Before closing this article, I must make some comments on a personal note[9]. I will say that I do have reservations about Mawlid gatherings that include the pitfalls mentioned earlier, and if I know for a fact that some of the more serious infractions will be present, I would decline participation. However, if (as I was recently called upon to do so), I am invited to give a lecture about some aspect of the Prophet (peace and blessings upon him and his Household), then I don’t find myself obliged to decline, nor to interrogate the attendees and organizers on their beliefs about it, but I go in clear about my own intentions. We read that Imam Malik once entered the mosque after `Asr and directly sat down, for he believed the Tahiyyat al-Masjid prayer to be impermissible during this time.  But when a boy innocently told him to stand up perform the prayer, he obliged, later explaining, “I feared being one of those who ‘when they are told to bow, they do not  bow.’”[10] It is an honor for me to speak about the Prophet, and if my words can be of some benefit, then I am happy. However, my speaking at such a gathering should not be taken as an acceptance or endorsement of everything said and done there by others. I might very well disagree with some things, but even if the disagreement is not within what I would consider legitimate scholarly disagreement, I will try to give them the benefit of the doubt, with the hope that they are rewarded for their good intentions, and that – at some point – they come to realize where they had been going wrong. It is not always a priority (and sometimes more damaging than beneficial) to speak out against something one sees as wrong. Imam Ahmad ibn Hanbal disapproved of decorating pages of the Qur’an, but when he was asked about a man who had spent a lot of money adorning a Qur’an with pure gold, he did not call for condemnation, but rather made a remark indicating that there are worse uses to which the gold could have been put.[11]

I am acutely aware that we do have bigger and more pressing problems in our communities than discussing the Mawlid, but it is precisely because of this fact that I feel it is important for us to be able to properly contextualize the Mawlid and take it in stride as we (hopefully) continue in more lofty pursuits.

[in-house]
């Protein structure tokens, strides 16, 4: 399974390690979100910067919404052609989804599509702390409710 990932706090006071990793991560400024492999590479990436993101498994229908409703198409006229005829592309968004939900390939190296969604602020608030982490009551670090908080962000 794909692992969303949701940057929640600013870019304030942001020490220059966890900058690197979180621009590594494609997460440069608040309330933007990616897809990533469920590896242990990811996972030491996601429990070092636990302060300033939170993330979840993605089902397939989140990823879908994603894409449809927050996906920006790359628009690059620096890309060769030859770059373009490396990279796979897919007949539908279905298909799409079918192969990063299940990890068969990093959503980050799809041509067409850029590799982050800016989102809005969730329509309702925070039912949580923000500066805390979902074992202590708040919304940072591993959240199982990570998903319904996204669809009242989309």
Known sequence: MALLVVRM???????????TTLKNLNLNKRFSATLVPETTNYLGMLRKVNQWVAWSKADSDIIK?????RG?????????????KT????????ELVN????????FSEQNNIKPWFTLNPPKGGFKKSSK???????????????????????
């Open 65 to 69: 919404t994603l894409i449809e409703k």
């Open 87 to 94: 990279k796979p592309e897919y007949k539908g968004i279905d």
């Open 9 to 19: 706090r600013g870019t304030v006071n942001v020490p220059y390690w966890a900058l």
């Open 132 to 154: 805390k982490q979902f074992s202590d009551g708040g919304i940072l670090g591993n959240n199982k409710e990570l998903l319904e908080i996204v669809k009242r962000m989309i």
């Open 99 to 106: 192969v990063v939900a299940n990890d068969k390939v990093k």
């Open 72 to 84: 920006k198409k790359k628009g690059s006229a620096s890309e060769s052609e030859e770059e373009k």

May Allah bless Muhammad and his Household and grant them peace.

ACKNOWLEDGEMENT: Image of moon from http://nssdc.gsfc.nasa.gov/image/planetary/moon/clem_full_moon_strtrk.jpg, accessed 1/21/14, 10:46pm.


FOOTNOTES

[1] The Hanbali polymath, Shaykhul-Islam Ibn Taymiyyah insightfully observed that among those who are censuring heretical practices (bid`ah), we find many individuals who are themselves actually negligent in observing the sunnah, so much so that they might actually be in a worse spiritual condition than those who are performing those disputed acts of devotion that include some heretical aspect. Thus, even though Ibn Taymiyyah was opposed to celebration of the Mawlid, and considered it a bid`ah, he writes that there is great (spiritual) reward in it for some people, because of their good intention and veneration for the Prophet. [Iqtida’ al-Sirat al-Mustaqim (Dar al-Fikr, s.d.) p. 297] Return to main text

[2] I remember one of my teachers, a devoted Sufi and Hanafi, remarking how one statement he came across in Shaykh Muhammad ibn `Abdil-Wahhab’s Kitab al-Tawhid convinced him that the man had deep love for the Prophet. This is one of several personal anecdotes I could share from my teachers to illustrate respect across sectarian boundaries. Return to main text